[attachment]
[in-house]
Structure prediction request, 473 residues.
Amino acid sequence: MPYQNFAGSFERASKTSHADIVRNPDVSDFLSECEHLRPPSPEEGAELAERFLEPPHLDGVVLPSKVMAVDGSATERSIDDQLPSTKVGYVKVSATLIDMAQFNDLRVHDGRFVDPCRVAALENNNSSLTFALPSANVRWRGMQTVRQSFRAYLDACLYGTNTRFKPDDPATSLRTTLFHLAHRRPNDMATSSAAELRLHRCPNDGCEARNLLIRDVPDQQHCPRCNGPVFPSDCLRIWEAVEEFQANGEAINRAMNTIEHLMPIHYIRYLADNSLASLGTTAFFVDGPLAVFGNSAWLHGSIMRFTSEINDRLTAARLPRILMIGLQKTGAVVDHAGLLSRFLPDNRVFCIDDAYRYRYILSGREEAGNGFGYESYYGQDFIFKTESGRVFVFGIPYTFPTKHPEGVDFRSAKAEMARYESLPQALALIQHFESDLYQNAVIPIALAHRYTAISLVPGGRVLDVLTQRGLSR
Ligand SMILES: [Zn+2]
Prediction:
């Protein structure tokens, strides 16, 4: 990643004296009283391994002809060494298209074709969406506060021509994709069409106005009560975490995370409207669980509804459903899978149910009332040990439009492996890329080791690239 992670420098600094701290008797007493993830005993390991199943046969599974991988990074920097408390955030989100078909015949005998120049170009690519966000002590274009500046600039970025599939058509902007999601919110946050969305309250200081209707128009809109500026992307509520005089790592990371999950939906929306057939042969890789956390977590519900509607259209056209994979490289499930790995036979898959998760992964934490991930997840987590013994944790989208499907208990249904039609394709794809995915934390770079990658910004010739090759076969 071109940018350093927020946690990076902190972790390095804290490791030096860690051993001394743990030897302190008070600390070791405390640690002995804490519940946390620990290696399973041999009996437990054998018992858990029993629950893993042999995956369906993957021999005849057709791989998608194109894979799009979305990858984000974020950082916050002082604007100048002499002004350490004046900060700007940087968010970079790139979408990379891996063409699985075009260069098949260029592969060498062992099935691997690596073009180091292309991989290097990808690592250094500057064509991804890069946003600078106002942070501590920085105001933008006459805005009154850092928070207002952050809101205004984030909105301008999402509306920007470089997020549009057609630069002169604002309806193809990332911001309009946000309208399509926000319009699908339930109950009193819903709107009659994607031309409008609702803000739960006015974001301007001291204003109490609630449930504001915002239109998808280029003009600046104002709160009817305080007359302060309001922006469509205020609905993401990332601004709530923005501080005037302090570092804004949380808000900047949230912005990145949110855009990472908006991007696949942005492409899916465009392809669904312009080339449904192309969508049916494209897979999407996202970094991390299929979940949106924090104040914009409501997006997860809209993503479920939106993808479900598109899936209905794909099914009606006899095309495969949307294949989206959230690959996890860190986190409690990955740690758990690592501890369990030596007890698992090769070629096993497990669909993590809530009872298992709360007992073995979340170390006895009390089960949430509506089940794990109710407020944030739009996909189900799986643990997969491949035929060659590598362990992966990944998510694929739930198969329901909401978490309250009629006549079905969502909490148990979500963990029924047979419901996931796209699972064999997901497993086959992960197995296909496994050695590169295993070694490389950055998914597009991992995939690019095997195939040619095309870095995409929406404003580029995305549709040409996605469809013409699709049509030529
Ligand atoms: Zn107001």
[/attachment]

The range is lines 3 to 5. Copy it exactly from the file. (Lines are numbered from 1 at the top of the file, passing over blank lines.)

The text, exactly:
Amino acid sequence: MPYQNFAGSFERASKTSHADIVRNPDVSDFLSECEHLRPPSPEEGAELAERFLEPPHLDGVVLPSKVMAVDGSATERSIDDQLPSTKVGYVKVSATLIDMAQFNDLRVHDGRFVDPCRVAALENNNSSLTFALPSANVRWRGMQTVRQSFRAYLDACLYGTNTRFKPDDPATSLRTTLFHLAHRRPNDMATSSAAELRLHRCPNDGCEARNLLIRDVPDQQHCPRCNGPVFPSDCLRIWEAVEEFQANGEAINRAMNTIEHLMPIHYIRYLADNSLASLGTTAFFVDGPLAVFGNSAWLHGSIMRFTSEINDRLTAARLPRILMIGLQKTGAVVDHAGLLSRFLPDNRVFCIDDAYRYRYILSGREEAGNGFGYESYYGQDFIFKTESGRVFVFGIPYTFPTKHPEGVDFRSAKAEMARYESLPQALALIQHFESDLYQNAVIPIALAHRYTAISLVPGGRVLDVLTQRGLSR
Ligand SMILES: [Zn+2]
Prediction: